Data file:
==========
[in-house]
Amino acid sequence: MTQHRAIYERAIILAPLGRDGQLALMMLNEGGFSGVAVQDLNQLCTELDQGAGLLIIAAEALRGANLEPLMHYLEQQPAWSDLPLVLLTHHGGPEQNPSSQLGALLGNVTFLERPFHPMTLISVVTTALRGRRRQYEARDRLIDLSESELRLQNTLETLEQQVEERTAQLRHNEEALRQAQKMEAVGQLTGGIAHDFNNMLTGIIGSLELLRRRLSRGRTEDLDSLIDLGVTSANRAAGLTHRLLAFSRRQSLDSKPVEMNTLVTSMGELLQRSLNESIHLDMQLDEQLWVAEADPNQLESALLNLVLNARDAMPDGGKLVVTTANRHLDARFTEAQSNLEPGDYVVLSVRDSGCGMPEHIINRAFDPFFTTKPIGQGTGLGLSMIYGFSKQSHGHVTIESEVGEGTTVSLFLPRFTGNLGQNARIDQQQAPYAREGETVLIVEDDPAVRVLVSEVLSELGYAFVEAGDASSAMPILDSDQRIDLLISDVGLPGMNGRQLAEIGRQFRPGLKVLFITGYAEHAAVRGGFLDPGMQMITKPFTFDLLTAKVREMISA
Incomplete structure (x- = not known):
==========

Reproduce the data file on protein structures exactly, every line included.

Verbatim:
[in-house]
Amino acid sequence: MTQHRAIYERAIILAPLGRDGQLALMMLNEGGFSGVAVQDLNQLCTELDQGAGLLIIAAEALRGANLEPLMHYLEQQPAWSDLPLVLLTHHGGPEQNPSSQLGALLGNVTFLERPFHPMTLISVVTTALRGRRRQYEARDRLIDLSESELRLQNTLETLEQQVEERTAQLRHNEEALRQAQKMEAVGQLTGGIAHDFNNMLTGIIGSLELLRRRLSRGRTEDLDSLIDLGVTSANRAAGLTHRLLAFSRRQSLDSKPVEMNTLVTSMGELLQRSLNESIHLDMQLDEQLWVAEADPNQLESALLNLVLNARDAMPDGGKLVVTTANRHLDARFTEAQSNLEPGDYVVLSVRDSGCGMPEHIINRAFDPFFTTKPIGQGTGLGLSMIYGFSKQSHGHVTIESEVGEGTTVSLFLPRFTGNLGQNARIDQQQAPYAREGETVLIVEDDPAVRVLVSEVLSELGYAFVEAGDASSAMPILDSDQRIDLLISDVGLPGMNGRQLAEIGRQFRPGLKVLFITGYAEHAAVRGGFLDPGMQMITKPFTFDLLTAKVREMISA
Incomplete structure (x- = not known):